***This is a Guest Post by Dan From T.O.***
Back in 2009-2010, Chris Bowers, co-founder of openleft.com, (at the time an “A-List” liberal/progressive blog by all accounts*) and Adam Green of the PCCC led a set of outsider “whip count” exercises in support of improving & passing the Affordable Care Act.
- The initial whip count effort in 2009 was focused on garnering 60 votes for cloture in the Senate in support of a public option (the House bill had one). This actually succeeded,** and had all 60 Democratic senators on the record in support of a public option, until 4 Senators backed out.
- In early 2010, a whip count was run to gain Senate support to pass health care under reconciliation rules (meaning only 51 votes needed for passage). This also succeeded, and ultimately the ACA included a “side-car” reconciliation fix once Democrats lost the 60th vote in the Senate via the MA Senate special election.
- Concurrently with #2 a whip count to also pass a public option via reconciliation. This also succeeded and Bowers & Co had 50 or 51 Senators publicly in favour of passing a public option through reconciliation.
All this is to say: The Public Option was very plausible. Even Joe Lieberman & Ben Nelson were open to it and really, they weren’t needed since it could have been done under reconciliation. Is it 100% certain that it could have passed? Of course, no counterfactual can be perfectly certain. Given how close Bowers et al got without much support from the Democratic leadership, and in fact the secret opposition of Obama who had traded away the Public Option, it is not ascribing magical powers to the Bully Pulpit to think that if Obama had wanted a Public Option in the bill, he could have got one.
The history here in this set of posts by Bowers is worth a review of the chicanery in play, in both occasions progressive activists were given seemingly impossible tasks to get a public option passed, did so, and somehow had the goal posts moved. It reads totally like a House of Cards plot to manipulate activists while not giving them what they wanted but still appearing sympathetic. Try this from Bowers’ 2009 post-mortem:
Back on May 21st, there were only 28 Senators in support of a triggerless public option. Through your tireless participation in a whip count effort, by October 8th we raised that number to 51 when Jon Tester came out in support. By October 30th, when Evan Bayh said he wouldn’t filibuster, we were up to 56 Democrats for cloture on health care reform with a public option.
From that point, the only four Senators we still needed all lied to us in one form or another. Both Mary Landrieu and Blanche Lincoln signed a document stating that they supported a public option, only to reverse their positions. Blanche Lincoln’s website still comically claimed she supported a public option even as she was declaring her opposition to one on the Senate floor.
Still, Landrieu, Lincoln and Ben Nelson were all part of the group of ten Senators who forged a deal on the public option that included a Medicare buy-in. Further, immediately after that deal was reached, Harry Reid contacted Joe Lieberman to see if he liked the deal. Lieberman told Harry Reid that he was liking what he was seeing, and just wanted to wait for the CBO report. Further, Lieberman had supported an even stronger Medicare buy-in (for Americans aged 50-64) as recently as September 2009.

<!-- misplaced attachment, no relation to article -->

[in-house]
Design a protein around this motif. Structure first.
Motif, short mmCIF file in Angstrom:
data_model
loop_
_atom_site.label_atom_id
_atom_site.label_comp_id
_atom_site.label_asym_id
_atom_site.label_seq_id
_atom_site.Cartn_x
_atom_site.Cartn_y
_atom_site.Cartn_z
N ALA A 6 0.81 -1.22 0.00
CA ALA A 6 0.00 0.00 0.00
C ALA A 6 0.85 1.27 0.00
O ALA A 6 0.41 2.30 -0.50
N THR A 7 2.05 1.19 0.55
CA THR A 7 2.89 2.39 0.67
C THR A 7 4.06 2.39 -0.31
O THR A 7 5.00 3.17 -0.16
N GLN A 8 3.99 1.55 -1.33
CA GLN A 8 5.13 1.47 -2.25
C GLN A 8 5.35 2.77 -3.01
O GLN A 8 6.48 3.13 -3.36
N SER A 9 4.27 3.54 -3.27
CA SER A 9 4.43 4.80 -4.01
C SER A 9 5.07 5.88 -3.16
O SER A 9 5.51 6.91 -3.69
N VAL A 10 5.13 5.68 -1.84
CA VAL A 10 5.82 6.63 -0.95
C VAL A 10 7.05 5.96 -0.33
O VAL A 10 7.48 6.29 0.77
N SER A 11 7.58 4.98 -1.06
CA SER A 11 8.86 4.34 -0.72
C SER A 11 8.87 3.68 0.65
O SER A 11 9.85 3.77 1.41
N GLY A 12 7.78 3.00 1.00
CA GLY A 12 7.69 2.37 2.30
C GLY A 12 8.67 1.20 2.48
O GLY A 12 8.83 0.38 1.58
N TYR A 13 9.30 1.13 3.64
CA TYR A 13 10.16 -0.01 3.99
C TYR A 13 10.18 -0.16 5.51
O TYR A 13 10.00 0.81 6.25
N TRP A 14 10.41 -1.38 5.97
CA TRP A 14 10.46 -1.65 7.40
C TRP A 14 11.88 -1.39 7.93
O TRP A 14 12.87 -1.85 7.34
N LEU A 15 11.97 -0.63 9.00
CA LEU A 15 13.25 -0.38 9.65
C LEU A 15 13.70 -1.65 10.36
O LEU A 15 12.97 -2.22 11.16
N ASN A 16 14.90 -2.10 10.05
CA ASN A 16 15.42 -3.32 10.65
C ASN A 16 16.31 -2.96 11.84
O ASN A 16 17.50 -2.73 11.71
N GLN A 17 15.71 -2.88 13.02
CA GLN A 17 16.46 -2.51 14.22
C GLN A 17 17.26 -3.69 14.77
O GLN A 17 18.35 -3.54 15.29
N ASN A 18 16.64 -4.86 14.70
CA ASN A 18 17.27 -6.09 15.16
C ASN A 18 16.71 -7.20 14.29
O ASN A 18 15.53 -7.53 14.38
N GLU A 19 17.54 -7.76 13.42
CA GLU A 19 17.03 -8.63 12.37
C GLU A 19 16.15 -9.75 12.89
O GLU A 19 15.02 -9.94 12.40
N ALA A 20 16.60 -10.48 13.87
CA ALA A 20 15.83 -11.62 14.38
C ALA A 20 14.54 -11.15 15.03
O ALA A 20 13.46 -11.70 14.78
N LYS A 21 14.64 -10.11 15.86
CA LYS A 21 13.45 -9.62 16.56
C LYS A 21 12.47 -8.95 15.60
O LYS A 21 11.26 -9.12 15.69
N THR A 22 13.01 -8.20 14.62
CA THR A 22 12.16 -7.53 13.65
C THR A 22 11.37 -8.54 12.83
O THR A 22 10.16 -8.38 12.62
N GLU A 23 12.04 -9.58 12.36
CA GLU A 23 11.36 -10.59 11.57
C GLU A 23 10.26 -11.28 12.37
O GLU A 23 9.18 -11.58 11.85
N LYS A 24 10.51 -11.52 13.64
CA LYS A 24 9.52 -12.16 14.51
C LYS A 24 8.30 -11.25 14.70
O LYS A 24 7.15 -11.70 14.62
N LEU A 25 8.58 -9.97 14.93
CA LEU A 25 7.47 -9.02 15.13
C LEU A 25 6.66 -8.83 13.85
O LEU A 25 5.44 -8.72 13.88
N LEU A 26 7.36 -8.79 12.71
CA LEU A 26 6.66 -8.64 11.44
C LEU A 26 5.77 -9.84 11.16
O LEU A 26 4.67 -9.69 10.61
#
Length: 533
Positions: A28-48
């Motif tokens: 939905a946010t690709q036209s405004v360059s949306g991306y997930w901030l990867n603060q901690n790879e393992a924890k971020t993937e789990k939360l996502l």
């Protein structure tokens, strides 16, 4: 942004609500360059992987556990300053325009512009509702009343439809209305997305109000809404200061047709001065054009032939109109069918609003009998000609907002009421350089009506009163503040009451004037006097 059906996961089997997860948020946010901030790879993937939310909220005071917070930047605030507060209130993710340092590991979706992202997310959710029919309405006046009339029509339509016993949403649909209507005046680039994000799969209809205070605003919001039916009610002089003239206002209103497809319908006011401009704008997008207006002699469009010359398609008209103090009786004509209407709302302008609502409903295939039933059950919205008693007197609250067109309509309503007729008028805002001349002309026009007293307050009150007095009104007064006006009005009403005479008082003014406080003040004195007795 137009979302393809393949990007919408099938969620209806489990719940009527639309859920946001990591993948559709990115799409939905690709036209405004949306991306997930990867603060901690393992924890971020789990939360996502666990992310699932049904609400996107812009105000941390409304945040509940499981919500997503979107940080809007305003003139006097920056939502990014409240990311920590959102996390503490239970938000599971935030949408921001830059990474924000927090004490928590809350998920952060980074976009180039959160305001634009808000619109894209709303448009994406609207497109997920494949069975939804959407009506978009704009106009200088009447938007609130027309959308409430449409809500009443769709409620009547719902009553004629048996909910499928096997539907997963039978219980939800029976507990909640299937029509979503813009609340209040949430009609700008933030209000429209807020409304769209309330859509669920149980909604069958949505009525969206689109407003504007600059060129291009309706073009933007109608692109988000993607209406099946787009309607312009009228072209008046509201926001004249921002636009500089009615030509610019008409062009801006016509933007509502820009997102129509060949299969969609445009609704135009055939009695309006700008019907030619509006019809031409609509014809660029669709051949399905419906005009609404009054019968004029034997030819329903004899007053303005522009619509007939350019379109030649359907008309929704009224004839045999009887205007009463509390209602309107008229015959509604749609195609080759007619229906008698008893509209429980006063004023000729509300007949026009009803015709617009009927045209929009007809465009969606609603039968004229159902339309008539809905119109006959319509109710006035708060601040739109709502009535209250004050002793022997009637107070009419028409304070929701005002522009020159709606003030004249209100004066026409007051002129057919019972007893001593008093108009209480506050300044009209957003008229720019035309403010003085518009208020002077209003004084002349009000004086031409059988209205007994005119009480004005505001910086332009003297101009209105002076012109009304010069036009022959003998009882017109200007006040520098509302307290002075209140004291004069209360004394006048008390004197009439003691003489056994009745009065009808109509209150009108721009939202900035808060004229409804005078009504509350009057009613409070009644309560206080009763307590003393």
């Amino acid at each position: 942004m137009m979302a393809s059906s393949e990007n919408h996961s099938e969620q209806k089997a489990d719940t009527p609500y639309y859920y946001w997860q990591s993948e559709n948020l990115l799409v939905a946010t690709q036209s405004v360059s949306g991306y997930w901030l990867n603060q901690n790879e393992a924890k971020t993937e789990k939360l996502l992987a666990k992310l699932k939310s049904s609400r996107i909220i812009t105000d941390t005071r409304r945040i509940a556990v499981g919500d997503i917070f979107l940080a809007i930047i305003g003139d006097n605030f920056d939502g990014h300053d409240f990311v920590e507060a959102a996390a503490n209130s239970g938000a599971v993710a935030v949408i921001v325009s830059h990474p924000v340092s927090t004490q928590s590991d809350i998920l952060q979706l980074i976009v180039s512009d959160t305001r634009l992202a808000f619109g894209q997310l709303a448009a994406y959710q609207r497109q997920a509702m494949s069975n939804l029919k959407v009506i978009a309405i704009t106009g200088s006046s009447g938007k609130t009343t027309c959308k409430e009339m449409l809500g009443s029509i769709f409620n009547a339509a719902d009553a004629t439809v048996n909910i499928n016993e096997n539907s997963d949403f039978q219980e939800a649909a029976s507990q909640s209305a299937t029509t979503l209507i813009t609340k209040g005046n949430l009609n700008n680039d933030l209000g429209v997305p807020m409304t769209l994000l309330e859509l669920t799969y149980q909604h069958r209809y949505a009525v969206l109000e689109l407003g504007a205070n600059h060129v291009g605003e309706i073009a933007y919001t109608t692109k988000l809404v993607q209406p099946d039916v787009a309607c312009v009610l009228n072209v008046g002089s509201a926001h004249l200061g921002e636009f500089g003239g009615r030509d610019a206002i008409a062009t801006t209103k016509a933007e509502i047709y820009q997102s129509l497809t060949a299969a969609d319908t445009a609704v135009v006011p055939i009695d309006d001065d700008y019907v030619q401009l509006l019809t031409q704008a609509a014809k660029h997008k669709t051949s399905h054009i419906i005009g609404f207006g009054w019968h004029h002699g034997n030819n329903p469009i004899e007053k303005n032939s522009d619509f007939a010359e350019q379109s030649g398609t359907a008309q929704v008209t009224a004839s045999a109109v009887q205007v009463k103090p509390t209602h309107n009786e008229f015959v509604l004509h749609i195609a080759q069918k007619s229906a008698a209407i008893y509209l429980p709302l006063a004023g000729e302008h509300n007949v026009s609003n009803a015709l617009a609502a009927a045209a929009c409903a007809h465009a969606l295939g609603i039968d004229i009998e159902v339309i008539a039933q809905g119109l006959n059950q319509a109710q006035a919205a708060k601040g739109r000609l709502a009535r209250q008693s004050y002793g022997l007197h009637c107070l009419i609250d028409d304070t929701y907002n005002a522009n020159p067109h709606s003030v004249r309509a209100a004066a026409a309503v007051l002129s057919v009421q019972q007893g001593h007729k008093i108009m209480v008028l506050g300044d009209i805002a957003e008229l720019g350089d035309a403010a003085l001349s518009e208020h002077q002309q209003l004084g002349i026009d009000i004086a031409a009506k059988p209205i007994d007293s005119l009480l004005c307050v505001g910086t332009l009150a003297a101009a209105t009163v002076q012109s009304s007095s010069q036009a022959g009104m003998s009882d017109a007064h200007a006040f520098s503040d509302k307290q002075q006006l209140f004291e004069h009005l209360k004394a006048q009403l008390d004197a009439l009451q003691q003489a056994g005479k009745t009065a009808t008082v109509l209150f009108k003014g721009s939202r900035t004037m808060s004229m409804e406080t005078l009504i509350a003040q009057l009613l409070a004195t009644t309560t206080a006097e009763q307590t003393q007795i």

Six days later, Lieberman and Nelson went on national television to engage in some more mendacity. Lieberman said he would filibuster the deal, even though he had told Reid he liked it, and even though he had recently advocated for it. Ben Nelson badmouthed the deal even though he helped forge it.
Tell me that does not read like Obama’s team working behind the scenes to flip Lieberman & co back to ensure their deal with Pharma was kept.
The demise of the Public Option in the 2010 effort comes off about as bad, with a bad-faith exercise in finger pointing between the House & Senate over who should add the Public Option to the bill, and even a bonus arm-twisting of Bernie Sanders not to try and do so by amendment.
All of this is “I told you so” of course, but I-told-you-so is important at times so mistakes aren’t repeated. The ACA is most likely going to be gutted or repealed entirely and the lack of a Public Option has certainly not helped it ever get a strong base of public support needed for it to survive a term of opposition government. If one reviews the history of polling on the ACA, it is clear that between the “it’s ok” camp and the “it needs to be expanded/made more liberal” camps there is consistently well over 50% support for it, but in straight up approval polling, the law was always more unpopular than popular.
The theory from the law’s proponents back in 2009-10 was that once it took effect and started helping people, it would get more popular. Very plausible except that it isn’t really what happened, probably because private insurance companies are awful to deal with more people felt the ACA was hurting them than helping them as time went on: